• Membership dues: Charleston Blog Society for me!
  • Supplies: pens, calendars, post-its, white marble contact paper (you know you bought some last year), photo shoot props, even that Erin Condren planner!
  • Electronics: external hard drive, SD cards, anti-virus software, camera lenses, computer repairs, telephone bill (your personal portion if in a family plan), internet bill (approximate how much of your total internet time is spent blogging), public internet fees (on airplanes or in cafes) 
  • Post office or safe deposit box fees
  • Home office square footage: 9% of our apartment is our home office so 9% of our rent, renter's insurance, and utilities are deductible
There you have it!  Please remember to always consult your accountant or tax advisor with questions before filing your taxes this year.  Do you have any other suggestions that have helped to make your blogger taxes easier?

19 comments:

kerri @ cheshire kat said...

this is super handy chica! love it!

xoxo cheshire kat

Meghan @ Me as Meghan said...

This is so interesting! I had no clue about estimated tax payments. Thanks for sharing!

Amanda Elizabeth - Meet @ the Barre said...

Having the blog has been so helpful for me especially since I got my LLC for it and now it's my business!

B @ The Sequin Notebook said...

Very, very helpful! Thanks for sharing these tips!

Emily Ballard said...

Very helpful!! Thank you (:

BLovedBoston said...

This is seriously amazing especially the deduction for the office and supplies - I totally forgot about that!! xo, Biana -BlovedBoston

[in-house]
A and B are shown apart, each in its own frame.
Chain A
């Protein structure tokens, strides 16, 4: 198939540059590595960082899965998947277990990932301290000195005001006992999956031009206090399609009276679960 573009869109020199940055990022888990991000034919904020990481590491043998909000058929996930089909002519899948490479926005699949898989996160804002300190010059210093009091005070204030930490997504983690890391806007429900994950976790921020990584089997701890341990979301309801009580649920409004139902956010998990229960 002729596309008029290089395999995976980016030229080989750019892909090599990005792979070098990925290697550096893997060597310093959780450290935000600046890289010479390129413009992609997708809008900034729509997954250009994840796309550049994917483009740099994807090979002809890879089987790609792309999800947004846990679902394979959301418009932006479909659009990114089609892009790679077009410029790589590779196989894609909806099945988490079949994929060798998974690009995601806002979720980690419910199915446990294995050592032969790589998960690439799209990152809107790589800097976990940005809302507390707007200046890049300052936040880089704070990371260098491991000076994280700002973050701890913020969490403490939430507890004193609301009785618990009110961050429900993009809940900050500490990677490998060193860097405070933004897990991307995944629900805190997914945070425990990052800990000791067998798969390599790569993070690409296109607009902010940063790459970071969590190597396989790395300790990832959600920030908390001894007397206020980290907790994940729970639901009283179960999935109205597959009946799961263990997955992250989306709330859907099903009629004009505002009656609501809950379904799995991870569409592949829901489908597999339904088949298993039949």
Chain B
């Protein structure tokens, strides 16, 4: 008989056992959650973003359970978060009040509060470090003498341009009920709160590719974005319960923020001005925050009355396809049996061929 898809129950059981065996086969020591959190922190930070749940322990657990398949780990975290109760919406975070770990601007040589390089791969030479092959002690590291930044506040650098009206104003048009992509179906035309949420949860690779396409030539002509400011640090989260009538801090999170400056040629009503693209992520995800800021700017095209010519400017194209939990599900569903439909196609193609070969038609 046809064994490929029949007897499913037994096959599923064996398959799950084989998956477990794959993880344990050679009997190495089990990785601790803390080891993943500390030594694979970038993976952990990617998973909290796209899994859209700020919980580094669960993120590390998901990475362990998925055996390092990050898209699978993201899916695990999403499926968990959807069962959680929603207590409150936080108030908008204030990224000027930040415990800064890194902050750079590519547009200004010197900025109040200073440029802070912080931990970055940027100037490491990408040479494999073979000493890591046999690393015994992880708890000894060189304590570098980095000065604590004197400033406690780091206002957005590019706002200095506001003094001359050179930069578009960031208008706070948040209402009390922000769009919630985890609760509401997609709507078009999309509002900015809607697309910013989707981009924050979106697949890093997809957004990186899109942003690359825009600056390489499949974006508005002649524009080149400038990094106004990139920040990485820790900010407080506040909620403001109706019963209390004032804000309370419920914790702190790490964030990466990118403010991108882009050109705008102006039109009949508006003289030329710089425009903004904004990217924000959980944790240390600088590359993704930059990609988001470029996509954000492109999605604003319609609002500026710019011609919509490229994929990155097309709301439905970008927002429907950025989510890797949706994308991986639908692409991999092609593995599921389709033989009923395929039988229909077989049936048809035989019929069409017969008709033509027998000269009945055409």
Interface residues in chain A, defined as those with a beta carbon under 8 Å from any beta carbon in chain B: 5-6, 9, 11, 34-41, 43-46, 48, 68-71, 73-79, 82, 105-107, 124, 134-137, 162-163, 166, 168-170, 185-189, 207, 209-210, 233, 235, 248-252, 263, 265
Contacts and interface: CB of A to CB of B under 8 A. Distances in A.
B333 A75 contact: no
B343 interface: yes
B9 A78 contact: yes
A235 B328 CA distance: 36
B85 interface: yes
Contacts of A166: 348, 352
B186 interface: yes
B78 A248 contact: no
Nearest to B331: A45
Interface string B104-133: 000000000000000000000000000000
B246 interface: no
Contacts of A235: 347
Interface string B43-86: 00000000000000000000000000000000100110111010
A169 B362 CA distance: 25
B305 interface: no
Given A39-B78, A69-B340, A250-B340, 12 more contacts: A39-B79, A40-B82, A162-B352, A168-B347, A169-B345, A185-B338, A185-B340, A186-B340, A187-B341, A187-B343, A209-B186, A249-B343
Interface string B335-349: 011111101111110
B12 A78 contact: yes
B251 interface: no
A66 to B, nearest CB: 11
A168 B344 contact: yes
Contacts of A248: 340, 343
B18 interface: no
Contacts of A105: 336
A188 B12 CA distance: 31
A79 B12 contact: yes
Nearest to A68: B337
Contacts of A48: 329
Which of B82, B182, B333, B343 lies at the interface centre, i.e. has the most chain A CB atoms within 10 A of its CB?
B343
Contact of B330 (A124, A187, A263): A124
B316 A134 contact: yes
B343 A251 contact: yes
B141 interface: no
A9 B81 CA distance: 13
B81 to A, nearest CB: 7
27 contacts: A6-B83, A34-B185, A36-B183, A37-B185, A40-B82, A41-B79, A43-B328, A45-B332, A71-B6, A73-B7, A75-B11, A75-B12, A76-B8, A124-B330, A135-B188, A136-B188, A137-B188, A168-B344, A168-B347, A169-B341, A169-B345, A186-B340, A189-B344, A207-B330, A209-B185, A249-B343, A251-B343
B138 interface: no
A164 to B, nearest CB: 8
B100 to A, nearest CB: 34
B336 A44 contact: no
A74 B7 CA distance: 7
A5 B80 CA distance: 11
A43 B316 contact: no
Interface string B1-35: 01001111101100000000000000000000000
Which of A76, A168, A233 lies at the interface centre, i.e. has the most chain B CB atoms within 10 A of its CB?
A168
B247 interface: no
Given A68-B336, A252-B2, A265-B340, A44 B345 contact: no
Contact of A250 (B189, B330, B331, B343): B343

Kelsey @ The Peacock Roost said...

Great tips!! Thanks so much for sharing!
Kelsey
www.thepeacockroost.com

Kate at Green Fashionista said...

This is amazing! I never knew we could deduct blog expenses, such a huge help! And I love the idea of having a separate account for money earned on campaigns :)
Green Fashionista

Jen said...

These are definitely great tips!!

Chesson {A Southern Twenty-Five} said...

These are great tips :) Thanks for sharing!

Macy V said...

This is super helpful! Thank you for sharing. I really need to get with my accountant about this.

Rebecca Jo said...

I have been blogging for nearly 9 years & never made one cent off my blog so I'm good to not have this worry added onto my taxes - whew! I'll take any little less worry I can get :)

Missy said...

I don't have to worry about this now, but pinning for when I hopefully do! Thanks for this helpful information!

Liz Jo said...

Can you really deduct the cost of a domain off your taxes? How is that allowable without getting in trouble? Wouldn't a blog be considered more personal than professional? I had no idea, wish I would have known for last year's taxes, every penny counts!

Also wouldn't for travel expenses it would have been for last year so you could use last year's federal rate of .575 to save more money!

liz @ j for joiner

Emily said...

Had no clue we are supposed to report freebies as income...I haven't been keeping tracking of most of this stuff! #badblogger Great tips girl!

Amanda {Kids and Cabernet} said...

This is so great! I totally have a deer in the headlights look on my face right now. I had no idea I had to report half of what's on here lol

Christina Lea Loves said...

So helpful! Thanks for sharing these, lady!

Kait said...

Great tips! I remember the first year I itemized for taxes, it was CRAZY! I felt so lost -- these is such a useful post :)

aki! said...

I am a tax professional, and I agree. These are great tips!